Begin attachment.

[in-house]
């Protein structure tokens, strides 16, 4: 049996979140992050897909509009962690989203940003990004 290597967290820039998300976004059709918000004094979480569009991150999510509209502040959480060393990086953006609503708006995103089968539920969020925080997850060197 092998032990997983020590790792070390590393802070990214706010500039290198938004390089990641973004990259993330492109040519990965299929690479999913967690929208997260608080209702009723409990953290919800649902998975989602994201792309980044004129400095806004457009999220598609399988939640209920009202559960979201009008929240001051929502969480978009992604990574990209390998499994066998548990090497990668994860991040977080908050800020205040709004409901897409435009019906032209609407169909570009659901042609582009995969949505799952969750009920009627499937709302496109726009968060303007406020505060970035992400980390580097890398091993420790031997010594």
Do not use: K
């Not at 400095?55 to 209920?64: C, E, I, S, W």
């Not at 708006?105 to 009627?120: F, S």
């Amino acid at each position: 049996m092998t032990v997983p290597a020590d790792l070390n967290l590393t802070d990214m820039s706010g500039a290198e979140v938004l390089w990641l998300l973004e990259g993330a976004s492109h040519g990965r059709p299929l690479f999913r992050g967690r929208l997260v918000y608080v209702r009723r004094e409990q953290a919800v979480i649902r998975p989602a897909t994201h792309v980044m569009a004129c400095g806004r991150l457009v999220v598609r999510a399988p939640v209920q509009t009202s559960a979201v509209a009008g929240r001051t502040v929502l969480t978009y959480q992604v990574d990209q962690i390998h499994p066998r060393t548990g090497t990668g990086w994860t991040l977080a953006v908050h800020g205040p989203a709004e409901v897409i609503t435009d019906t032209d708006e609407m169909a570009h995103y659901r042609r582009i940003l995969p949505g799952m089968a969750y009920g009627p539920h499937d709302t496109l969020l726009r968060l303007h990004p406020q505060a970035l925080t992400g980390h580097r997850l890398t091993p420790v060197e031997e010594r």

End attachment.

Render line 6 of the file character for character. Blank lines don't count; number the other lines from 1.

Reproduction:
């Amino acid at each position: 049996m092998t032990v997983p290597a020590d790792l070390n967290l590393t802070d990214m820039s706010g500039a290198e979140v938004l390089w990641l998300l973004e990259g993330a976004s492109h040519g990965r059709p299929l690479f999913r992050g967690r929208l997260v918000y608080v209702r009723r004094e409990q953290a919800v979480i649902r998975p989602a897909t994201h792309v980044m569009a004129c400095g806004r991150l457009v999220v598609r999510a399988p939640v209920q509009t009202s559960a979201v509209a009008g929240r001051t502040v929502l969480t978009y959480q992604v990574d990209q962690i390998h499994p066998r060393t548990g090497t990668g990086w994860t991040l977080a953006v908050h800020g205040p989203a709004e409901v897409i609503t435009d019906t032209d708006e609407m169909a570009h995103y659901r042609r582009i940003l995969p949505g799952m089968a969750y009920g009627p539920h499937d709302t496109l969020l726009r968060l303007h990004p406020q505060a970035l925080t992400g980390h580097r997850l890398t091993p420790v060197e031997e010594r």